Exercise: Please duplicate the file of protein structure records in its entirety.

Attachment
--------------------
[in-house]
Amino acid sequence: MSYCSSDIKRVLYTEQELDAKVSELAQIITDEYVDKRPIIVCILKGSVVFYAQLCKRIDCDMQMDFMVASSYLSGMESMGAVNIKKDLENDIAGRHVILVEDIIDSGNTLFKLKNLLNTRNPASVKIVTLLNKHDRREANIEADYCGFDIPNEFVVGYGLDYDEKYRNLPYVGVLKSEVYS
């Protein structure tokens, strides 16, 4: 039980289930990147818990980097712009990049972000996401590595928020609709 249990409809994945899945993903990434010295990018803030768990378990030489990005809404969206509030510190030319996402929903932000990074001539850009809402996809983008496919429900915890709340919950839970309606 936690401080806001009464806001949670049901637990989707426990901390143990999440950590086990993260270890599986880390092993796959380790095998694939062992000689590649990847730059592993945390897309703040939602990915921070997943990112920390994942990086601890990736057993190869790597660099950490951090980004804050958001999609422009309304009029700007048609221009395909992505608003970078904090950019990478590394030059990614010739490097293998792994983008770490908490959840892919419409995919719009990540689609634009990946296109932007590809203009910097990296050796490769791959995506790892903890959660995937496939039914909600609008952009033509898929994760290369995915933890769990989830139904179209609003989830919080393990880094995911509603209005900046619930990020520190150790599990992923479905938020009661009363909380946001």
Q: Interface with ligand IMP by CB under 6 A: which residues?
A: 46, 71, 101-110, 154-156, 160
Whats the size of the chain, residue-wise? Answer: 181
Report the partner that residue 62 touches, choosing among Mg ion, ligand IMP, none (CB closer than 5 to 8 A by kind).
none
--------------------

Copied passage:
[in-house]
Amino acid sequence: MSYCSSDIKRVLYTEQELDAKVSELAQIITDEYVDKRPIIVCILKGSVVFYAQLCKRIDCDMQMDFMVASSYLSGMESMGAVNIKKDLENDIAGRHVILVEDIIDSGNTLFKLKNLLNTRNPASVKIVTLLNKHDRREANIEADYCGFDIPNEFVVGYGLDYDEKYRNLPYVGVLKSEVYS
């Protein structure tokens, strides 16, 4: 039980289930990147818990980097712009990049972000996401590595928020609709 249990409809994945899945993903990434010295990018803030768990378990030489990005809404969206509030510190030319996402929903932000990074001539850009809402996809983008496919429900915890709340919950839970309606 936690401080806001009464806001949670049901637990989707426990901390143990999440950590086990993260270890599986880390092993796959380790095998694939062992000689590649990847730059592993945390897309703040939602990915921070997943990112920390994942990086601890990736057993190869790597660099950490951090980004804050958001999609422009309304009029700007048609221009395909992505608003970078904090950019990478590394030059990614010739490097293998792994983008770490908490959840892919419409995919719009990540689609634009990946296109932007590809203009910097990296050796490769791959995506790892903890959660995937496939039914909600609008952009033509898929994760290369995915933890769990989830139904179209609003989830919080393990880094995911509603209005900046619930990020520190150790599990992923479905938020009661009363909380946001």
Q: Interface with ligand IMP by CB under 6 A: which residues?
A: 46, 71, 101-110, 154-156, 160
Whats the size of the chain, residue-wise? Answer: 181
Report the partner that residue 62 touches, choosing among Mg ion, ligand IMP, none (CB closer than 5 to 8 A by kind).
none